I have had experience (as tutor) with design students that submitted
their final work in other forms than the traditionnal essay, not because
they had "disabilities" such as dyslexia, but because either they had
problems in writing (in my experience, students usually have to write
only once in 4 or 5 years, it is for their final thesis), or because the
study itself couldn't be really developed in an essay. After all, some
design inquiries are simply not congruent with the written FORM (I use
the word in the morphological sense).
It is extremely exiting to work in that way, but one has to be cautious
about two things : that the quantity of work is twice as huge as in a
written form, and that the reception by the jury can be negative.
The way to go around the latter is simply to justify the form of the
thesis itself, by demonstrating that the way the inquiry is conducted,
and the results it leads to is directly connected to the presentation
In fact, I think that the written form should as well be justified when
it comes to design studies. We would probably avoid some painful reading
(not to mention the real suffering of students unfamiliar with
bibliography, notes, and simply academic writing).
From the point of view of tutoring, it means that one has to follow both
the development of the problematic, and ensure that the presentation
format chosen is structurally adequate.
To make it maybe clearer, I'll give you two examples of what I consider
were successful work.
One of my students did a work that was about "symbolic values of
objects". Finally, we agreed on a video for the final presentation. But
the requirement was that the video was in itself designed as an inquiry.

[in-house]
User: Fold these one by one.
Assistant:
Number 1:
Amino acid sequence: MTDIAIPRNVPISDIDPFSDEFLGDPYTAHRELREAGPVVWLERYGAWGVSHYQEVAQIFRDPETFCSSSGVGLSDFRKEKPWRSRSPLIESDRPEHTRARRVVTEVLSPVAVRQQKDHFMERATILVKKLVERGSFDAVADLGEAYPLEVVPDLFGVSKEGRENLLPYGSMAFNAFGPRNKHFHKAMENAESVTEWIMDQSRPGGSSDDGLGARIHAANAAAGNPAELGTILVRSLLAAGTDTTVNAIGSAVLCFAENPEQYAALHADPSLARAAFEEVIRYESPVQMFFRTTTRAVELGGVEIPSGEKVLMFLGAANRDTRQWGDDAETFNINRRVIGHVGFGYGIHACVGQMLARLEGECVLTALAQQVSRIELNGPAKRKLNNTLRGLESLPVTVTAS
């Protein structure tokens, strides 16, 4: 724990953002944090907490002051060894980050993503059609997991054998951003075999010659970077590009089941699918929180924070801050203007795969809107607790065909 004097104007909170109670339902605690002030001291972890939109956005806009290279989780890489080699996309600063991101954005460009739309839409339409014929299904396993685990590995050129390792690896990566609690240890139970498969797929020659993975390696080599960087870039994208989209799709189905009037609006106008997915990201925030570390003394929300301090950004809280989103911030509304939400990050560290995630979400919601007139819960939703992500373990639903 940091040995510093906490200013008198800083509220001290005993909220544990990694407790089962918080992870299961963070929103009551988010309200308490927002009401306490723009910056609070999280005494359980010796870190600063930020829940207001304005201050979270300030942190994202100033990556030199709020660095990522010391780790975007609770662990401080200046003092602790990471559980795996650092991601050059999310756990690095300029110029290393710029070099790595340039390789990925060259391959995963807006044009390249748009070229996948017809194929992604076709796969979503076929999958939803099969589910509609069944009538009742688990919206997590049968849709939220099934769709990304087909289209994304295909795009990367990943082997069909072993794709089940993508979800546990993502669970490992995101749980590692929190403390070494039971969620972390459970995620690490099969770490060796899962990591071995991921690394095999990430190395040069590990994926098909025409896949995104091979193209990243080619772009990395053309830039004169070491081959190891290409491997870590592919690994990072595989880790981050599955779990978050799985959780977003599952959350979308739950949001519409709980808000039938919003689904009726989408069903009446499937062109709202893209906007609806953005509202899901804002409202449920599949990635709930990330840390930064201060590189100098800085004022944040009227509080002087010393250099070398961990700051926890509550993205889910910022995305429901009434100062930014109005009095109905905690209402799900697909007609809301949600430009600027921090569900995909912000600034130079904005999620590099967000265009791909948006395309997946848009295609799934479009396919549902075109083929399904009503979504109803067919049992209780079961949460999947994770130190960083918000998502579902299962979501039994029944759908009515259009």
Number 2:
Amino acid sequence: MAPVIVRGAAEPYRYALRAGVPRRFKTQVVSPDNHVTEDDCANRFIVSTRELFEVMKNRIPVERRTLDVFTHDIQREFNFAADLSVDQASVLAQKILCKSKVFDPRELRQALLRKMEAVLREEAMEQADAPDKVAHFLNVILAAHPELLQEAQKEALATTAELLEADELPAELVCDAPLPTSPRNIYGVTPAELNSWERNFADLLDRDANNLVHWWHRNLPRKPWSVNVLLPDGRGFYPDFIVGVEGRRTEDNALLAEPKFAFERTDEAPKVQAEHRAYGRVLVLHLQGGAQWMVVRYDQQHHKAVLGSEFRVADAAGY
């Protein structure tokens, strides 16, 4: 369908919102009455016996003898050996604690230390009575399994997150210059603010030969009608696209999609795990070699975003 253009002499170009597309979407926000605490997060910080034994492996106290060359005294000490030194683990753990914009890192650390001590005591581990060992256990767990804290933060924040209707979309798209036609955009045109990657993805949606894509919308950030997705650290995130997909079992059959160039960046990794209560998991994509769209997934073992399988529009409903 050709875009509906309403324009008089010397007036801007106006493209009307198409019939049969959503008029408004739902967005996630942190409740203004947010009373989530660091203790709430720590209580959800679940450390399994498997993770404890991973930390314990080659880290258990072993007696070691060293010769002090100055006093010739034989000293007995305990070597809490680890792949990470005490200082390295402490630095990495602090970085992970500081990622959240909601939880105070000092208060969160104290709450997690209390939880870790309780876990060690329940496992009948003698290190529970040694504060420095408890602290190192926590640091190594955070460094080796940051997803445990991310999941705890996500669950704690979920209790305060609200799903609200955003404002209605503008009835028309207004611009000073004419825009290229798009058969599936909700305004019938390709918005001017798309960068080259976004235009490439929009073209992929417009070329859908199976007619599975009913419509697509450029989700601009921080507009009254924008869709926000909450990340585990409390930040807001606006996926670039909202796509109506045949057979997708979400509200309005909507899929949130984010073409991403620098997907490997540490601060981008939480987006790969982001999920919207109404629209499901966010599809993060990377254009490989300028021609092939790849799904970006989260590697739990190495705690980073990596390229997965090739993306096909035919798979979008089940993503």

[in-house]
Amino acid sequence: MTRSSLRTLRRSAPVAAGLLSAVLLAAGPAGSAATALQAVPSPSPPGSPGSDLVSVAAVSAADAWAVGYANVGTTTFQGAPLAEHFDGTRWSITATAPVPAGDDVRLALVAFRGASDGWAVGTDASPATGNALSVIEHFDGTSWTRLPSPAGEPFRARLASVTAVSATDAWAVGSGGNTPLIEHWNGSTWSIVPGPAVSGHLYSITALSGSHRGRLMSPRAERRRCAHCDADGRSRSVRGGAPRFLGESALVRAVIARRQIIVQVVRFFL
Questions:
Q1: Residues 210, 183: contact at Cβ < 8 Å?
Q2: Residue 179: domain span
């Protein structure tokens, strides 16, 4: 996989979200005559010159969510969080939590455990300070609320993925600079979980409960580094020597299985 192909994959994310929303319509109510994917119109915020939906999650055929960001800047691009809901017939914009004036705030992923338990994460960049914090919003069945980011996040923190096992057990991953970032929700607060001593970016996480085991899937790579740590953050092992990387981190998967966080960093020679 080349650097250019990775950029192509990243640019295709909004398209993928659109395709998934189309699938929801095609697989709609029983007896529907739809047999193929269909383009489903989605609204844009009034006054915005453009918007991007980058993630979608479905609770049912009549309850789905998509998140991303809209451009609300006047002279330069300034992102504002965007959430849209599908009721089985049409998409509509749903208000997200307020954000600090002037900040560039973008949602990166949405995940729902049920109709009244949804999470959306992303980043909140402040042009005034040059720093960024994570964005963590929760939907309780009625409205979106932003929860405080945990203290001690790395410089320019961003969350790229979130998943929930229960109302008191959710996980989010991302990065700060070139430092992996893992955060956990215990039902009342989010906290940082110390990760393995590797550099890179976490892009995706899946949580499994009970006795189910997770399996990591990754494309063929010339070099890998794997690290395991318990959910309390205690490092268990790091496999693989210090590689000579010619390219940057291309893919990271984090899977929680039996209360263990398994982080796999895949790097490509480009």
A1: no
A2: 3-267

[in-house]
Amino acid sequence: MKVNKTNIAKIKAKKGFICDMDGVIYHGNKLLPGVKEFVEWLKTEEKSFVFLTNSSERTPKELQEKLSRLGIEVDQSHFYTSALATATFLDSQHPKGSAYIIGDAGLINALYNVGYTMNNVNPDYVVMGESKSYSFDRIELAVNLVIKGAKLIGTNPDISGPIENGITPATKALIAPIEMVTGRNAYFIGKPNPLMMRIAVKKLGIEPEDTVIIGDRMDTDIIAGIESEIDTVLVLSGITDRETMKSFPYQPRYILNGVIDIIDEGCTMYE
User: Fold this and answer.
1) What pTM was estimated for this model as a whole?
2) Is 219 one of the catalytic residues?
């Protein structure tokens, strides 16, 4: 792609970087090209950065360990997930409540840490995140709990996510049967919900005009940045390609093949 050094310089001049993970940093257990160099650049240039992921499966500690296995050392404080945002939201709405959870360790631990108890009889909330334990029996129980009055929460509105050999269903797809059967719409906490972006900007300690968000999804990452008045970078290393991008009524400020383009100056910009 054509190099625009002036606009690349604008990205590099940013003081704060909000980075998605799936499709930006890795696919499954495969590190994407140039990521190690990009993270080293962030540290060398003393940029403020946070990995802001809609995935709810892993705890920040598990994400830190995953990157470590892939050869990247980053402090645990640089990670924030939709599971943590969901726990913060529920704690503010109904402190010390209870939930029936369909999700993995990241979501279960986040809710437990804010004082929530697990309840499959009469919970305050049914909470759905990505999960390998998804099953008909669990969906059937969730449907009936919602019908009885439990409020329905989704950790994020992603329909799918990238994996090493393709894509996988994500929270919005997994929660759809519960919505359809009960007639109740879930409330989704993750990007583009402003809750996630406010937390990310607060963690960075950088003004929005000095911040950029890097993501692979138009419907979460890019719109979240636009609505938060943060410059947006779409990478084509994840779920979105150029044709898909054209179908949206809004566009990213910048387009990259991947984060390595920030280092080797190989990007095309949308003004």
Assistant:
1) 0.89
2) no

So the result was that she took three persons (after series of meetings),
asked each of them to choose three personal belongings that were
important to them (documented interview), then moved these objects to the
two other persons home and vice-versa for a full week. Did an interview
again while the objects were with the new "owner", and then after
The game was, as you see, very simple, but the video brought a dimension
of truth that could never be conveyed in such a short time (10 minutes)
and with so much complexity in any written work, except for a novel.
A little written synthesis was then just enough to explain and summarize
Another student I had wanted to work on the subjectivity of perception of
forms, depending on the context. Rather then going into litterature,
which would have been difficult for her, I asked her to document during
three months her own perception of one or two objects of daily use.
Finally, it ended up with a huge portfolio documenting the Braun
foodblender. It was not an artist's work (or rather, it could have been),
because the process was not merely focused on producing representations,
but on capturing instants of subjectivity. I think that it was also an
excellent work, and the jury agreed.
I have a few other examples, but I can only support your attempts, it
goes far beyond "disabled" students, and reaches deep in some essence of
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